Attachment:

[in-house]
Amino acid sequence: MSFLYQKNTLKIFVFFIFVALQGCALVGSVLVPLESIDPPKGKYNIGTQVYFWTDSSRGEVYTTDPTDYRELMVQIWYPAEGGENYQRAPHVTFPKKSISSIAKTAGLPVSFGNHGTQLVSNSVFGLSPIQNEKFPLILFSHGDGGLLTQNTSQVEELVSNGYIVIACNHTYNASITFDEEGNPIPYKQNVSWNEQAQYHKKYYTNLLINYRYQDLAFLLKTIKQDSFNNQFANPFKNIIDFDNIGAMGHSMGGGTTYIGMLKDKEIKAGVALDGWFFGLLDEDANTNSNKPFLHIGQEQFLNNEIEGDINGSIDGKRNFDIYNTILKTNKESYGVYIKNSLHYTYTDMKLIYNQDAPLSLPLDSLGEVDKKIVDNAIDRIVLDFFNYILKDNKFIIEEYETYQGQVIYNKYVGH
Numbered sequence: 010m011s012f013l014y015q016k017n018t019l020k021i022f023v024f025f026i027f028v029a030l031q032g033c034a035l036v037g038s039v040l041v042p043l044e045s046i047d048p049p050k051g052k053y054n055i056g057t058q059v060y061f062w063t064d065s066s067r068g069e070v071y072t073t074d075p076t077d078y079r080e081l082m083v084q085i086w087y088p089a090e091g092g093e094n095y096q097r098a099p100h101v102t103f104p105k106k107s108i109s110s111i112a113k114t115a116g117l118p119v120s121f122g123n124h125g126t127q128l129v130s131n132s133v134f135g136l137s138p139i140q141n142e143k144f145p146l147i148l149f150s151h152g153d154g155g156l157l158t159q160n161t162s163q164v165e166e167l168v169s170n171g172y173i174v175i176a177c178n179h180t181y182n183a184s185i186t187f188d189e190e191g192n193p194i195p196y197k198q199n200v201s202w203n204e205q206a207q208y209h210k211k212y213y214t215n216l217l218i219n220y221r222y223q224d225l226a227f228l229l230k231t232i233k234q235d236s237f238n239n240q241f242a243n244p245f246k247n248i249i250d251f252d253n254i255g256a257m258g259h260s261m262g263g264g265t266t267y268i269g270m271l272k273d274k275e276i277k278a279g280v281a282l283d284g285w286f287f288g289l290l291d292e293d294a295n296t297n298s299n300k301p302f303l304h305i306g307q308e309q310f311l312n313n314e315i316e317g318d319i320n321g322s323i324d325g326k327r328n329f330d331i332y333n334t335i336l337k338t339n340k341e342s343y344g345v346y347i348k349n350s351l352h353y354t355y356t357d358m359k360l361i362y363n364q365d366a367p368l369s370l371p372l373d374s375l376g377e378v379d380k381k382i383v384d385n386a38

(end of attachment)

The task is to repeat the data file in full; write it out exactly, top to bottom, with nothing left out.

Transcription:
[in-house]
Amino acid sequence: MSFLYQKNTLKIFVFFIFVALQGCALVGSVLVPLESIDPPKGKYNIGTQVYFWTDSSRGEVYTTDPTDYRELMVQIWYPAEGGENYQRAPHVTFPKKSISSIAKTAGLPVSFGNHGTQLVSNSVFGLSPIQNEKFPLILFSHGDGGLLTQNTSQVEELVSNGYIVIACNHTYNASITFDEEGNPIPYKQNVSWNEQAQYHKKYYTNLLINYRYQDLAFLLKTIKQDSFNNQFANPFKNIIDFDNIGAMGHSMGGGTTYIGMLKDKEIKAGVALDGWFFGLLDEDANTNSNKPFLHIGQEQFLNNEIEGDINGSIDGKRNFDIYNTILKTNKESYGVYIKNSLHYTYTDMKLIYNQDAPLSLPLDSLGEVDKKIVDNAIDRIVLDFFNYILKDNKFIIEEYETYQGQVIYNKYVGH
Numbered sequence: 010m011s012f013l014y015q016k017n018t019l020k021i022f023v024f025f026i027f028v029a030l031q032g033c034a035l036v037g038s039v040l041v042p043l044e045s046i047d048p049p050k051g052k053y054n055i056g057t058q059v060y061f062w063t064d065s066s067r068g069e070v071y072t073t074d075p076t077d078y079r080e081l082m083v084q085i086w087y088p089a090e091g092g093e094n095y096q097r098a099p100h101v102t103f104p105k106k107s108i109s110s111i112a113k114t115a116g117l118p119v120s121f122g123n124h125g126t127q128l129v130s131n132s133v134f135g136l137s138p139i140q141n142e143k144f145p146l147i148l149f150s151h152g153d154g155g156l157l158t159q160n161t162s163q164v165e166e167l168v169s170n171g172y173i174v175i176a177c178n179h180t181y182n183a184s185i186t187f188d189e190e191g192n193p194i195p196y197k198q199n200v201s202w203n204e205q206a207q208y209h210k211k212y213y214t215n216l217l218i219n220y221r222y223q224d225l226a227f228l229l230k231t232i233k234q235d236s237f238n239n240q241f242a243n244p245f246k247n248i249i250d251f252d253n254i255g256a257m258g259h260s261m262g263g264g265t266t267y268i269g270m271l272k273d274k275e276i277k278a279g280v281a282l283d284g285w286f287f288g289l290l291d292e293d294a295n296t297n298s299n300k301p302f303l304h305i306g307q308e309q310f311l312n313n314e315i316e317g318d319i320n321g322s323i324d325g326k327r328n329f330d331i332y333n334t335i336l337k338t339n340k341e342s343y344g345v346y347i348k349n350s351l352h353y354t355y356t357d358m359k360l361i362y363n364q365d366a367p368l369s370l371p372l373d374s375l376g377e378v379d380k381k382i383v384d385n386a38